Saturday, 19 April 2014

Day six – with Andy to the Tatsfield churchyard (16 miles)

Yours truly and Andy at the Tatsfield Churchyard.
Another nice day as I embarked upon my seventh consecutive ride since last Sunday. This time I was meeting Andy at Warlingham Green at the usual time of 0700hrs. Yes, it's a normal Saturday, but my string of rides continues and won't stop until I break the cycle, which is likely to be on Tuesday when I return to work. Having said that, I reckon I could manage a 10-miler before work simply by riding to Ledgers Road just beyond Knights (and back). Anyway, enough!

St Mary's Church, Tatsfield.
At the green I met another bunch of cyclists who, like Andy and I, are regular riders (although I don't think I've seen them before). One of them referred to hills as mountains, so a typical conversation would go something like this:-

"...yes, but the problem with that ride is the hill on the way back."
"Which one?"
"Coming out of Godstone, prior to crossing the motorway?"
"Oh, you mean the Eiger?"
"Well, no, it's Ganger's Hill, isn't it?"
"That's what we call the Eiger."

I started to wonder whether another sad blog like mine existed somewhere else in cyberspace, but decided to say nothing. Instead I texted Andy. "Are you awake?" I wrote, cockily, and then, as if by magic, he arrived and we headed for the Tatsfield churchyard, followed by our new acquaintances who overtook us on the 269 and disappeared.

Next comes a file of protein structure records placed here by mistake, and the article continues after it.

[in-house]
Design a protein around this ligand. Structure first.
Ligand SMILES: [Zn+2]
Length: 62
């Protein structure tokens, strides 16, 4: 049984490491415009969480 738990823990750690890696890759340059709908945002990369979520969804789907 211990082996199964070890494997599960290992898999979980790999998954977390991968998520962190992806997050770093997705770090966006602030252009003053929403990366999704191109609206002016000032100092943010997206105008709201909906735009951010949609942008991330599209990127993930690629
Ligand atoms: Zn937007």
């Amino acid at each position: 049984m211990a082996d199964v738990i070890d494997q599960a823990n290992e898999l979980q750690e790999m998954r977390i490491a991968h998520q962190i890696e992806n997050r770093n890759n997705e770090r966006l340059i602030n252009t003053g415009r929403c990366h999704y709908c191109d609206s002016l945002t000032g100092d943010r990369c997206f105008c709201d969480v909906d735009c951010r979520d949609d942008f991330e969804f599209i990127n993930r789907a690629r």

As always, it was a straighforward ride to the churchyard where we sat on a bench, munched our cereal bars and drank tea. Andy told me about his ride to Brighton. I thought he'd cycled there with work colleagues, but apparently they'd all pulled out at the last minute with various excuses, leaving Andy to ride there and back alone. It took him two hours and 30 minutes to get there (39 miles) and three hours and 15 minutes to get back. The racer did well, but it was much more uncomfortable than the mountain bike as every pot hole, every irregularity on the road, rankled.

Andy makes it to Brighton alone. Photo: Andy Smith
I spoke briefly about my week on the bike and how great the weather had been and then it was time to find a photographic angle we hadn't already attempted on previous visits – a near impossible task.

The ride home was fine until I reached the green. Andy and I had said goodbye and then, as I followed the road round, some stupid idiot decided to open their roadside car door just as I was passing. I swerved and somehow managed to avoid a collision, but only just. All the way home I was dreaming up expletives that I would have used had I come off the bike.

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